Suzanne’s return from walking the Heysen Trail freed me up to walk Ari on his in the morning, and then walk with Maleko and Kayla amongst the coastal foreshore on the afternoon poodle walk. I am able to reconnect to what I was doing with the Littoral Zone.
Unfortunately, Suzanne is not at home in Encounter Bay long enough for me to do a road trip to the Mallee to continue to work on the Mallee Routes The week or so that Suzanne is at home before she goes to Cuba and Mexico is a brief interlude.
Then Suzanne is away for four weeks. Continue reading
Ari is going on 16 years of age and he has slowed down a lot. His hearing and sight are limited, he has dementia, and he is wobbly on his back legs. The course of acupuncture is keeping him going as is the companionship with the younger poodles.
The morning walks have decreased in terms of the time spent we spend walking. We walk slowly along the road down to the beach, shuffle
Ari, am, Encounter Bay
The autumn mornings before sunrise are a great time to be walking. It is soft and gentle time. There a few walkers, runners and bikers but it is pretty quiet. So we can meander and hang out amongst the rocks along the beach . We are able to just enjoy the moments together and he still enjoys having his photo taken.
I have been trying to create a gallery for poodlewalks, but I don’t seem to be able to with this free theme or template. This was the image that I was trying to kick things off with. Another version of the image on a walk late last year around Petrel Cove is on The Littoral Zone blog.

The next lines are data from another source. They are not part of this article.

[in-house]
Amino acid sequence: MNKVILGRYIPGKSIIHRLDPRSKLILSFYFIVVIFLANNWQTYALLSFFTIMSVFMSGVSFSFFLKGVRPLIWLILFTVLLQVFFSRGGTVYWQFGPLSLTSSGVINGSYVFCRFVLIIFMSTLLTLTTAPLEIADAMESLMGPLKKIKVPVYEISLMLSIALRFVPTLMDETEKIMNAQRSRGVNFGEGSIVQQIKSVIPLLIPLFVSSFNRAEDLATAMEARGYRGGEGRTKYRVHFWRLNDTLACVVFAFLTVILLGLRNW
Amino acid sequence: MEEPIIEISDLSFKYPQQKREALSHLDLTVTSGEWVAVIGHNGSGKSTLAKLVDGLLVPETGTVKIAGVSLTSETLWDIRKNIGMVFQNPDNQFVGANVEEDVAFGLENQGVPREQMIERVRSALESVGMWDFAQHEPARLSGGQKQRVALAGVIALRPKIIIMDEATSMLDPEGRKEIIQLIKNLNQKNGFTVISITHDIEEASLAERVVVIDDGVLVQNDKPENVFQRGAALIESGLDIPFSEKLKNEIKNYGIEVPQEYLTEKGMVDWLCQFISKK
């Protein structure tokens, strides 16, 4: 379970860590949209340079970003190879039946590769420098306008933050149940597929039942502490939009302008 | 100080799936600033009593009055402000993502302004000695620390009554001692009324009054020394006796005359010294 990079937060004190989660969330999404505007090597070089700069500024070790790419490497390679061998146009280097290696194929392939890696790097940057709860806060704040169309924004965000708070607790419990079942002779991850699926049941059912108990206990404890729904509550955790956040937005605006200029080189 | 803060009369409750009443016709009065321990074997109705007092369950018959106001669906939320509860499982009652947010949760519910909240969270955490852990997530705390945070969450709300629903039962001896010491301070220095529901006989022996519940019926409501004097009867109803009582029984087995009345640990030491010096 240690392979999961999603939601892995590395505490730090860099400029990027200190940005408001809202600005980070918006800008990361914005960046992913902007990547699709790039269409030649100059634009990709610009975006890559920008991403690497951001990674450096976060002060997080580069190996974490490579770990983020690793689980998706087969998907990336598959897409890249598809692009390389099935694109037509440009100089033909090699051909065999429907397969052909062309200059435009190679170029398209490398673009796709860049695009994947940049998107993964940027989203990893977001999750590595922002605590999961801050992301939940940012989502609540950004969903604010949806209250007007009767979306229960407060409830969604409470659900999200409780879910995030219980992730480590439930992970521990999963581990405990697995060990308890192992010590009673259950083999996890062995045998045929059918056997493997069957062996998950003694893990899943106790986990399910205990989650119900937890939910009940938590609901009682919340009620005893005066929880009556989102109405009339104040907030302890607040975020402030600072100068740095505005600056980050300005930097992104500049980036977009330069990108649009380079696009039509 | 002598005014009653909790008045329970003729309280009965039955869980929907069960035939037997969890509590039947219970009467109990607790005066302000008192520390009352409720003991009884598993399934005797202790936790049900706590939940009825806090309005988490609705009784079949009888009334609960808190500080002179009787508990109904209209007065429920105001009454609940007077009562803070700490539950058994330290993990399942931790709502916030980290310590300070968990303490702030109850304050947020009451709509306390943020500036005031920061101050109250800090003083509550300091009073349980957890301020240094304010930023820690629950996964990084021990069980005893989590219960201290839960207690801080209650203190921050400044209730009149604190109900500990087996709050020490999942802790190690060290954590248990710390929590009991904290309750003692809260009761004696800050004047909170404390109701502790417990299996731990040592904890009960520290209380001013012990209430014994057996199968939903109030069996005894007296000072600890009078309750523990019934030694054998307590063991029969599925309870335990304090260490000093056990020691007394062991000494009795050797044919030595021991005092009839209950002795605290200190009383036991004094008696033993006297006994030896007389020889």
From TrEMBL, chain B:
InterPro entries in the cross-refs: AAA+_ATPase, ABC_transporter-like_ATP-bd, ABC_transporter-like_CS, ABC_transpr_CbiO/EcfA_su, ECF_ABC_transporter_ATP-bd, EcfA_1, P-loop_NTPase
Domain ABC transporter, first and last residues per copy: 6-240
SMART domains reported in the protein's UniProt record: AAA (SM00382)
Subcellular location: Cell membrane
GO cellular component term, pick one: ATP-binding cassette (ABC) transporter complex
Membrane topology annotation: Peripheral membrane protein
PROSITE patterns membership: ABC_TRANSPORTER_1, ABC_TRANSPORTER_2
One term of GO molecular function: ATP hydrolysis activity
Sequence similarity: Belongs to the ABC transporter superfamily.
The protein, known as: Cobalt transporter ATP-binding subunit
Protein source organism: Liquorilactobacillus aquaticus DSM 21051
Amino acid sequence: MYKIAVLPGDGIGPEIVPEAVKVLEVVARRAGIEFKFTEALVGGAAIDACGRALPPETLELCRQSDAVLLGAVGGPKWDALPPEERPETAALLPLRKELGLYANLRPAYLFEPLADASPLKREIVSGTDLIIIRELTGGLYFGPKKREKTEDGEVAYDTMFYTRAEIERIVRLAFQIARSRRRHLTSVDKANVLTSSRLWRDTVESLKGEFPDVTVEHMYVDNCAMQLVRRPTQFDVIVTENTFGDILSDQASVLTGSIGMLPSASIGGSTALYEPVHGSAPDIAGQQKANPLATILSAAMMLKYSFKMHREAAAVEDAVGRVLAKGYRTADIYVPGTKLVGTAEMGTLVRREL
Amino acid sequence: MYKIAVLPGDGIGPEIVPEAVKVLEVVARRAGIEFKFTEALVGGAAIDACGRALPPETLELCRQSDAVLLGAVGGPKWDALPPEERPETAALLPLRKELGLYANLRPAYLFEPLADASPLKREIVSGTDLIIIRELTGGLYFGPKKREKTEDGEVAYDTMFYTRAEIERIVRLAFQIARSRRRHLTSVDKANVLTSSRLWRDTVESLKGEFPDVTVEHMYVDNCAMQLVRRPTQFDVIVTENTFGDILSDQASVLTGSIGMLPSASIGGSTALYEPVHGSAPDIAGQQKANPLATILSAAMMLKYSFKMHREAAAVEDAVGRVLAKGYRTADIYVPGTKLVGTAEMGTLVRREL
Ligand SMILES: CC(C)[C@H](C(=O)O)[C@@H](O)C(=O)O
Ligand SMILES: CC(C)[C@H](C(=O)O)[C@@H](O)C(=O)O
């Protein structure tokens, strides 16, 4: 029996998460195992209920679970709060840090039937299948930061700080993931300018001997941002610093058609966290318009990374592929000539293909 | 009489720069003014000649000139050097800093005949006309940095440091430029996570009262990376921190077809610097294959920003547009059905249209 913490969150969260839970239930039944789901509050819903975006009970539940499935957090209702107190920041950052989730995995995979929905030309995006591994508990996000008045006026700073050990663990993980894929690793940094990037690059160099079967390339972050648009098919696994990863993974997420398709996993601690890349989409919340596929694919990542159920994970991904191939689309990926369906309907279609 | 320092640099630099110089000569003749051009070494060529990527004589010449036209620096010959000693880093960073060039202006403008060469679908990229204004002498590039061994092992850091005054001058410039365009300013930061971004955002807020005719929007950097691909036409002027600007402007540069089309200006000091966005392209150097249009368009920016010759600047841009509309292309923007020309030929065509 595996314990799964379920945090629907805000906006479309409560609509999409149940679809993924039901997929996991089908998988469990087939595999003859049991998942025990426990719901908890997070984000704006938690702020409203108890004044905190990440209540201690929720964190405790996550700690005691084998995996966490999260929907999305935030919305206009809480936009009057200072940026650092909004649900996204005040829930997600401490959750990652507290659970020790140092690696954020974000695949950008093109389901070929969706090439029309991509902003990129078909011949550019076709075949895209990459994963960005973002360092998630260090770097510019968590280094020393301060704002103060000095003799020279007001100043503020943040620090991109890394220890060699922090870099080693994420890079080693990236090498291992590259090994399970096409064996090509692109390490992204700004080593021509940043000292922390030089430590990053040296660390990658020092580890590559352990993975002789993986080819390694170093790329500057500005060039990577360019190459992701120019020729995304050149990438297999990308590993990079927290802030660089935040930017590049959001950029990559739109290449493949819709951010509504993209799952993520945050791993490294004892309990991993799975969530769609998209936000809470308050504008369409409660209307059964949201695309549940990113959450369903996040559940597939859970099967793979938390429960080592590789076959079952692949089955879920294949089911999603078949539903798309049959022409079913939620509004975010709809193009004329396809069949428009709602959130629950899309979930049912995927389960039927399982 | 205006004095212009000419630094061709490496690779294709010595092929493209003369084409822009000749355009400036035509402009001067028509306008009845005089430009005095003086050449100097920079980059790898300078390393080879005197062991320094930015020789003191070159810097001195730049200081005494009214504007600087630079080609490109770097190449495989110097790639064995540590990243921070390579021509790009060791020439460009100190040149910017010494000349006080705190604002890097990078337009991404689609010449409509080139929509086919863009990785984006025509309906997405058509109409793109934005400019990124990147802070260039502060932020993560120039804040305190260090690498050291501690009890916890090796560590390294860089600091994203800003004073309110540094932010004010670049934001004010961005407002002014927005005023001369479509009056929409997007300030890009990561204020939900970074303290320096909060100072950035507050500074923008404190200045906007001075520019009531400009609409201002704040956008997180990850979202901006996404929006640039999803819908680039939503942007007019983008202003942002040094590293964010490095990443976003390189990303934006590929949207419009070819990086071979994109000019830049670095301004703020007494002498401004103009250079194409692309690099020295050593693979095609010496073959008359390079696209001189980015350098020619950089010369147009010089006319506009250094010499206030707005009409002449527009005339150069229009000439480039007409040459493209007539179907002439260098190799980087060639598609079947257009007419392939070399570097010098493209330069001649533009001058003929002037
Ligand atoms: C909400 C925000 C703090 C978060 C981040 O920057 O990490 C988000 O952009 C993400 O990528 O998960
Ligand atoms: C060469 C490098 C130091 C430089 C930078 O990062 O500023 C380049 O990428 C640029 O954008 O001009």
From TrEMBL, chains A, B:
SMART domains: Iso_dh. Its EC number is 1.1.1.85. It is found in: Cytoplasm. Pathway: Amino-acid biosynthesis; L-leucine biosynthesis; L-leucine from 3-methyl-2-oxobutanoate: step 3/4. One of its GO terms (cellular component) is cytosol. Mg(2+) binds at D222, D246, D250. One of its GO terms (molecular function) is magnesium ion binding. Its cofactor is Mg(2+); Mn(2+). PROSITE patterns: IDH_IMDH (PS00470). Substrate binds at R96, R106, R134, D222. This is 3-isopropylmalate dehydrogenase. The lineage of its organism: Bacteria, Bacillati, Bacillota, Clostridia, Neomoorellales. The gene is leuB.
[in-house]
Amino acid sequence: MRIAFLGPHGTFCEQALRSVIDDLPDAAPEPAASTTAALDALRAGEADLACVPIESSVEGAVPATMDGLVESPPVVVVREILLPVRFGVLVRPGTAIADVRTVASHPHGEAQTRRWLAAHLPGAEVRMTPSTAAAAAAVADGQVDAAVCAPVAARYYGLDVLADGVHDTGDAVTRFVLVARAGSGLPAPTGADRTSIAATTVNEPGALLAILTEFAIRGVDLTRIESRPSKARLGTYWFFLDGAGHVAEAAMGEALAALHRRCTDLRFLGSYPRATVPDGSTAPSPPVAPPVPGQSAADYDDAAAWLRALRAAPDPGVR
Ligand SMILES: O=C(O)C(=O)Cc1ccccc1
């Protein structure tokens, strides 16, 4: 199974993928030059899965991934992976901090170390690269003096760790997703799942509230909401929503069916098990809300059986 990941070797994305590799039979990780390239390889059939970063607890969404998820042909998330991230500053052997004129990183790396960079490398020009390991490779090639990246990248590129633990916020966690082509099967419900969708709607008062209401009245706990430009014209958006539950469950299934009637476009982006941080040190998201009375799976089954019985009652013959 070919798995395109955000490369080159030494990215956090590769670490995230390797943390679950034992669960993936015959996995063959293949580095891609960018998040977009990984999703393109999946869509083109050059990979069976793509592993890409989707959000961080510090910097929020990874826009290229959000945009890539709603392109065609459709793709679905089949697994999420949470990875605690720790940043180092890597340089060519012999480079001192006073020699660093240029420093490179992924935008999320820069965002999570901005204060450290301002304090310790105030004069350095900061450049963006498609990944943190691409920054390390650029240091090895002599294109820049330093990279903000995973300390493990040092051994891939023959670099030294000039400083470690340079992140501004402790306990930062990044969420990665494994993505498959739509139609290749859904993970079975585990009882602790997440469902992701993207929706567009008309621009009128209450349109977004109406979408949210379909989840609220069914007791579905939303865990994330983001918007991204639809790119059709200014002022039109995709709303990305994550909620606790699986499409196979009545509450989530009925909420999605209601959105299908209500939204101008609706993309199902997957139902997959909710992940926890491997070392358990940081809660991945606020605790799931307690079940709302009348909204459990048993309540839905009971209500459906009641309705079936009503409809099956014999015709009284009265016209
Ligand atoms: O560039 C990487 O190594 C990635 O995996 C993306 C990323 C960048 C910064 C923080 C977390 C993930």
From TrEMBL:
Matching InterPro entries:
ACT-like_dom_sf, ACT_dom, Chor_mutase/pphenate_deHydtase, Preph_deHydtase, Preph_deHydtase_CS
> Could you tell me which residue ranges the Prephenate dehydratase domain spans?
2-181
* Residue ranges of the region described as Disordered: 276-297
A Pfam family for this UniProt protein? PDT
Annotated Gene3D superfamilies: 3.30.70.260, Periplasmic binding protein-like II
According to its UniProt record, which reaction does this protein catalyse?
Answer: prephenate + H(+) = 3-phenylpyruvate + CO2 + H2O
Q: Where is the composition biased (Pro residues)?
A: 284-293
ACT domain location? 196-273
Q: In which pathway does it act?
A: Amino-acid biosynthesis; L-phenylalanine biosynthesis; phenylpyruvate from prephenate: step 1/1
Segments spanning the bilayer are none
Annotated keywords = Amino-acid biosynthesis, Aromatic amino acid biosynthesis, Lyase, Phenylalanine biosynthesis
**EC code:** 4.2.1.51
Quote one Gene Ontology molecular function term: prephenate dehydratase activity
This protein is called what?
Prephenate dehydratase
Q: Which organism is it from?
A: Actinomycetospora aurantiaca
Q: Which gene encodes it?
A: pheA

Whilst I was trying to create a project page, the first of which is abstractions, I lost the WordPress theme for poodlewalks. I have spent ages trying to find the one that I had been using and which I quite liked.
The high summer season is over, people have returned to work, and we are back from our holiday in Tasmania. Life on the coast, with its early morning and late afternoon poodlewalks, is starting to return to normal.
rock, feather, seaweed
I had been busy working on The Bowden Archives and Other Marginalia project throughout January and I didn’t really have the time to update poodlewalks, even though I’d been doing the daily walks.
The morning and evening poodlewalks have become limited in scope and diversity. Ari is now 15 years old. He has slowed down and he is unsteady on his back legs. He can no longer walk over rocks, and so we are limited to walking along the beach. That limits the walk for the other standard poodle (Kayla the morning and Maleko in the afternoon) and it restricts my photography severely.
One option that I have explored has been to make a return to Petrel Cove:
Another reason why we havre limited to the beach is the grass seeds among the roadside vegetation of the back country roads or the costal reserves. The grass seeds are drying out and, as they cling to the poodle’s woollen coats and feet, the back country roads are becoming increasingly becoming out of bounds.
I’ve just returned from 12 days travelling to and from Lajamanu in the north Tanami desert. I thoroughly enjoyed walking along the beach in the early morning light with the poodles–Ari and Maleko–on Sunday morning. The light, after the stormy weather, was soft compared to that of the Tanami desert.
In the Tanami Desert I only had half an hour in both the morning or evening to take photos before the light became harsh and glarey. There is a longer time here on the southern coast for photography especially in the late spring evenings with their longish twilights.
Winter so far has been wet, very wet, along the coast of the southern Fleurieu Peninsula. Most days it has been raining steadily throughout the day. There are moments of no rain in the morning and afternoon, and these are quickly taken advantage of for our poodle walks.
We had a couple of such moment on the cliff top walk this morning–moments between the squalls that swept in from the south whilst we were walking along Dep Beach, which is west of Petrel Cove. Although it is often very atmospheric the weather only allows for quick snaps.